The Art and Science of Writing a Proposal Masterpiece

Anyone can write— or at least put words to paper. Writing effectively to communicate ideas in a convincing, compelling, and persuasive way is another matter. The most talented and successful writers combine the analytic components of writing (the science) with the emotional components of writing (the art) to create masterpiece proposals that position them to win.

The general lack of writing skills in the business community has created thousands of writing, editing, desktop publishing, and related jobs in the Washington, D.C., area alone. Most of the professionals filling these positions have extensive experience and writing skills that are sufficiently persuasive for their work. However, even the most accomplished writers can benefit from refreshing their technical skills (the science of writing), or developing a more sophisticated approach to some of the less analytical and more emotional elements (the art of writing).

Persuasive Proposal Writing as a Science

Most people can improve their proposal writing skills by learning the science of writing and by following some simple rules. These rules are well established and well documented. A Google search on “writing persuasive proposals” the day I wrote this article yielded 11.7 million hits. My experience writing winning proposals, highly acclaimed articles and speeches, websites and brochures, and most recently a book, has made writing second nature for me. Spending an entire day talking about the science of writing in a training class or workshop is easy. Developing an effective article on persuasive writing is a challenge I couldn’t resist. I sat down with a blank screen and developed the following list of common sense proposal writing tips. These capture the essence of proposal writing as a science for me. Perhaps they will help you to become a more persuasive writer:

  1. Organize and outline. Develop an annotated outline to organize your thoughts. Stay within the high-level structure defined by your customers. Don’t be afraid to change lower-level sections and sub-sections to make your story more persuasive.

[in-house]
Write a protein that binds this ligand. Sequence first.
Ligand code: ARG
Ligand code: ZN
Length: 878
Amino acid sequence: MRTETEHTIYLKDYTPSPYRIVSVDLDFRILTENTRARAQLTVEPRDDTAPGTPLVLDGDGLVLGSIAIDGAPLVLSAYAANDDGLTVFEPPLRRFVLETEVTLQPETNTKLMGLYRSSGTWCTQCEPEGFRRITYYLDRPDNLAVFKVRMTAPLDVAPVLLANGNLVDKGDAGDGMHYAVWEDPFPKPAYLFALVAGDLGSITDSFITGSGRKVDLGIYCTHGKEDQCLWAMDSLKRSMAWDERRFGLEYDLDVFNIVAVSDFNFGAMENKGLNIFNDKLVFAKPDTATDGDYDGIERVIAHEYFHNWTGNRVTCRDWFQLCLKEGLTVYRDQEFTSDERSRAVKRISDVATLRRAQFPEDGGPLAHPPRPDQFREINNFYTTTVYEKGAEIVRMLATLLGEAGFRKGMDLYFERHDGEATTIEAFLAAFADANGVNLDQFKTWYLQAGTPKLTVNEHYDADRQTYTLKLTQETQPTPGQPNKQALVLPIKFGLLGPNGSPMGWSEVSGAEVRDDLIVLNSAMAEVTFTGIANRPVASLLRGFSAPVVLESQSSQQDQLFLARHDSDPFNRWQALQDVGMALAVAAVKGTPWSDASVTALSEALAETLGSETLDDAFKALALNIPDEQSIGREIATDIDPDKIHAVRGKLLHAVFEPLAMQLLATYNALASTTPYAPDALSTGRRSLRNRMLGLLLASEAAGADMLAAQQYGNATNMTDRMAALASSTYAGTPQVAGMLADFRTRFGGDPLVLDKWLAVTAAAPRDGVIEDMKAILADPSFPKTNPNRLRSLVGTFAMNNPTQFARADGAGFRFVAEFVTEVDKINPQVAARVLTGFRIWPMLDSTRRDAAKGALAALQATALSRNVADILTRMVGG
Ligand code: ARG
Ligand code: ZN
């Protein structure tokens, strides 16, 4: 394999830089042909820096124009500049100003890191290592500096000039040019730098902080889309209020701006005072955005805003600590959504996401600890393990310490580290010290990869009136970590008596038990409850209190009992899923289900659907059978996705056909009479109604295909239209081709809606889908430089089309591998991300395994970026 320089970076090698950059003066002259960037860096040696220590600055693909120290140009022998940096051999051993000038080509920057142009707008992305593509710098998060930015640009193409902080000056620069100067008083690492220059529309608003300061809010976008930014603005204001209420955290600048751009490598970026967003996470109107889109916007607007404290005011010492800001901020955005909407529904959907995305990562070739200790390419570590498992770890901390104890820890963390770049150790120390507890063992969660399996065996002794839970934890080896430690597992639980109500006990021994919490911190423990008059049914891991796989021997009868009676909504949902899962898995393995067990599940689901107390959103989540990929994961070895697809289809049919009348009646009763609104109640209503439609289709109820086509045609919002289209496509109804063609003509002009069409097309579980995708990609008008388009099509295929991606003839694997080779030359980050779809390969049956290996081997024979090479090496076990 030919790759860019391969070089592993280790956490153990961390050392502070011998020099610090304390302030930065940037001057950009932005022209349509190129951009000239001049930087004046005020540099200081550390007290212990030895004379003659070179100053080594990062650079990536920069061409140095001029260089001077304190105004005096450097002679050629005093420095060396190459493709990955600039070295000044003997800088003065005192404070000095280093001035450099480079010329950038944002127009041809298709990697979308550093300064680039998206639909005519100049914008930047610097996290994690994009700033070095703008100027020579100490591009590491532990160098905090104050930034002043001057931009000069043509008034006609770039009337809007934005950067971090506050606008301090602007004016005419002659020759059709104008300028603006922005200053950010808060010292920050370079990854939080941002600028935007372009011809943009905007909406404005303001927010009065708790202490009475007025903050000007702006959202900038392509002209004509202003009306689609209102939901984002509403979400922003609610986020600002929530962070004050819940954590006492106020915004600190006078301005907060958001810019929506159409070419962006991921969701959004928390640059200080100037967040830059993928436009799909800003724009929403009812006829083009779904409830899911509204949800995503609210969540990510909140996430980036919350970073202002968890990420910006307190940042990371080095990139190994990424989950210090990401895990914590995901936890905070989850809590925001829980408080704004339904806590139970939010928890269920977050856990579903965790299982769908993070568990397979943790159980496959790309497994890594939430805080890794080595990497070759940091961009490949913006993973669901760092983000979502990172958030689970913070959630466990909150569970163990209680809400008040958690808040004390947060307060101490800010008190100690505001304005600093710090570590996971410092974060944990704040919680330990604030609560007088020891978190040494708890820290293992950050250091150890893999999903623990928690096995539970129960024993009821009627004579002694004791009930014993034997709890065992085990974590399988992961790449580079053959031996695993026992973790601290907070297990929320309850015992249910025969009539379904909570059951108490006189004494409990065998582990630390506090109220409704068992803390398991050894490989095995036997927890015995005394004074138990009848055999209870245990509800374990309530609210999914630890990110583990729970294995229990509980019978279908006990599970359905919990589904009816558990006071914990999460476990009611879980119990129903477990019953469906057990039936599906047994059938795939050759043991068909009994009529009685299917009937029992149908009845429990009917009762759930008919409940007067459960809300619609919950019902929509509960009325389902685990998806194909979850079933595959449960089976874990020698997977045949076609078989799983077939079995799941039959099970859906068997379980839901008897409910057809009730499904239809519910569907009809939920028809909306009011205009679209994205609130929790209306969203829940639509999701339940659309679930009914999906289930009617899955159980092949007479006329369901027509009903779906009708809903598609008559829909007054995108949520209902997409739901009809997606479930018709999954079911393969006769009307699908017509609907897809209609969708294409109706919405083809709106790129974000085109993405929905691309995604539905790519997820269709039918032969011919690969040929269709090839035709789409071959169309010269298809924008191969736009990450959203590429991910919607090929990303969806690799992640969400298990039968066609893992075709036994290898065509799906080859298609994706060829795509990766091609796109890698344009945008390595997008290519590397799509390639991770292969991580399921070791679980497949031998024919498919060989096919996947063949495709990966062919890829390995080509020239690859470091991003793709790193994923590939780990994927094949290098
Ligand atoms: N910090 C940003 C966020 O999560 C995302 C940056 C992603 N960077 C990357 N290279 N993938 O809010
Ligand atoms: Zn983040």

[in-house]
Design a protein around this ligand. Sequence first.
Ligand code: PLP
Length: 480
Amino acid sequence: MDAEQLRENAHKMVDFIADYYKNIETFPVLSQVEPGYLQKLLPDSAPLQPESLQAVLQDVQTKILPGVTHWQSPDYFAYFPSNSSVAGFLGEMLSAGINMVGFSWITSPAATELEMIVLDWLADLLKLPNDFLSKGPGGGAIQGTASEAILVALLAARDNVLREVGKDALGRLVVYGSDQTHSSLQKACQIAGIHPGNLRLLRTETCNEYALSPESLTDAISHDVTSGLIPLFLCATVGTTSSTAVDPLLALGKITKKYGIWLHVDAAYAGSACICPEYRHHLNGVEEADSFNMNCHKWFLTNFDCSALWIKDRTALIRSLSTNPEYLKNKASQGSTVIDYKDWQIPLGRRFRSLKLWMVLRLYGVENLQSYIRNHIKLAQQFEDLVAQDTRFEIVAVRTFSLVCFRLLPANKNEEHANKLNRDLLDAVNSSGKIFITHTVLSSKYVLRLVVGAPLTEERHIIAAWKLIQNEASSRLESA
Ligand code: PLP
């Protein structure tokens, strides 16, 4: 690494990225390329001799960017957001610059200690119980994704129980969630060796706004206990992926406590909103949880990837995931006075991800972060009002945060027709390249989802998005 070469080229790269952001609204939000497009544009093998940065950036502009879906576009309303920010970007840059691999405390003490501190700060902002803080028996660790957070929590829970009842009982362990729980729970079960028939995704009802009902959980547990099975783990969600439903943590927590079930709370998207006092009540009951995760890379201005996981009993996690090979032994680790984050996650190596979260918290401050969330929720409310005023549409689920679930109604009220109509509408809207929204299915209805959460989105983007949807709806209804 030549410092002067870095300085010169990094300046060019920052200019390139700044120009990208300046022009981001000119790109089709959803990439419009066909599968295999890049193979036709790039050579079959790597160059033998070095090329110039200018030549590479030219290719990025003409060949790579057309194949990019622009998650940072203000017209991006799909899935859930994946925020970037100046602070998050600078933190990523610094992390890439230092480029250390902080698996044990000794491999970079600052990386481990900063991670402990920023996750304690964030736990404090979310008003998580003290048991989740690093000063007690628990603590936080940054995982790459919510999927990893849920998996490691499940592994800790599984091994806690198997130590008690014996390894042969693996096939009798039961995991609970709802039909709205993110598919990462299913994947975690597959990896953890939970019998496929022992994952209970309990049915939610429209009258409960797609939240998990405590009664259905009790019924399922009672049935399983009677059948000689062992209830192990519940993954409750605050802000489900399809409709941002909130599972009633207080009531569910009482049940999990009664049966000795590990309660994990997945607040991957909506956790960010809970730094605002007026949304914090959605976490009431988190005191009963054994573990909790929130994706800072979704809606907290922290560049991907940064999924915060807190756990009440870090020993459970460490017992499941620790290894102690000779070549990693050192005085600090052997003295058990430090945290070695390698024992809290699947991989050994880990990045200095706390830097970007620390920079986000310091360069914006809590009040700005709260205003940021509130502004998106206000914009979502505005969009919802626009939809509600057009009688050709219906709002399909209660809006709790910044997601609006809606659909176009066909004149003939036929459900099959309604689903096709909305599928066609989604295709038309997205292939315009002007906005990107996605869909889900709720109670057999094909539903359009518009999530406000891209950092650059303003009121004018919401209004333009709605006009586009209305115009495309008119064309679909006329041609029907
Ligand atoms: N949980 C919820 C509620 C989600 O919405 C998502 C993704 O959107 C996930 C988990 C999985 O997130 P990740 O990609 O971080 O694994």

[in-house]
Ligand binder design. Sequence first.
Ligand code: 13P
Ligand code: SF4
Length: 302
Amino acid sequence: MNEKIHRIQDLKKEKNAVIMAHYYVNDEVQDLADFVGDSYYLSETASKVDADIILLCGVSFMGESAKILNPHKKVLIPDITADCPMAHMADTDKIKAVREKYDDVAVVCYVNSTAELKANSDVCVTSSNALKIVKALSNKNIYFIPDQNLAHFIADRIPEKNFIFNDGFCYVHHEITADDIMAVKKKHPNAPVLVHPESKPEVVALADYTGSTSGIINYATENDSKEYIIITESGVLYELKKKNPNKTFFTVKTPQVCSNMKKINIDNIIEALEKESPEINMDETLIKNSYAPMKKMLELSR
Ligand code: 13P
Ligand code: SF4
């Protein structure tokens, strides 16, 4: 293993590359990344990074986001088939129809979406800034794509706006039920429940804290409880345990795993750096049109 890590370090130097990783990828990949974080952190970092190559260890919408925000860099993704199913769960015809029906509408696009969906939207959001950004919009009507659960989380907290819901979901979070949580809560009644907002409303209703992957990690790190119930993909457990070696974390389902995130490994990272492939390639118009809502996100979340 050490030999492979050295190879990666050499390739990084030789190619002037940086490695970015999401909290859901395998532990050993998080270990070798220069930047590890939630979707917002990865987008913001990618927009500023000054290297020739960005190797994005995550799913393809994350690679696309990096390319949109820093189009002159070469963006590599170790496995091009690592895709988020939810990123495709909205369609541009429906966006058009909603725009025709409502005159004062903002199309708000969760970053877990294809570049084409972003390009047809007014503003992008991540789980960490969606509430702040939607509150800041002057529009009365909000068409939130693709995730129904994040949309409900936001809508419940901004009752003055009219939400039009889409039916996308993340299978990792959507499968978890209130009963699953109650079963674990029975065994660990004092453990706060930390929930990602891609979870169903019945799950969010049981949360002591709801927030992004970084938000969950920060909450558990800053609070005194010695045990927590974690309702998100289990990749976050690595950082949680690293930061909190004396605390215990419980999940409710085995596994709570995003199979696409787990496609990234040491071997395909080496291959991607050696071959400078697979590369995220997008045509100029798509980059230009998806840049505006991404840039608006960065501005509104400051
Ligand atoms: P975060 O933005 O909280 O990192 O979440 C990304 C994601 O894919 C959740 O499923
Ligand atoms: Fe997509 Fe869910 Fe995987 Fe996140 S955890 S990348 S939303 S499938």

2. Brainstorm and prioritize. Brainstorm, prioritize, and sort your ideas in a simple way that is easy for you to communicate and for your audience to digest. Research topics if you need more benefits, features, or proof points. Package these into manageable chunks (target 3-5 per topic area).
  3. Put the reader first and the author second. Put yourself in the reader’s shoes by thinking about reader benefits first. Support each benefit with the related features you want to communicate, and the supporting proof points for each feature.
  4. Begin with the end. Carefully construct benefit/feature theme statements to start paragraphs that align with the outline. Start with conclusions, overview, or recommendations first. Follow these summary statements with the supporting detail for each major point you make. Weave in customer hot buttons and competitive
    intelligence if possible to make your points more relevant and compelling.
  5. Don’t underestimate visual appeal. Use white space, bullet points, bolding, and graphics to emphasize important concepts or take-away points.
  6. Write for your mother-in-law. It is highly unlikely that the reader of your persuasive proposal knows more about your subject than you do. Use simple
    words and short sentences. Write as if you were trying to educate or persuade your mother-in-law (10th grade level target). Avoid technical jargon that only a subject matter expert with a Ph.D. would understand.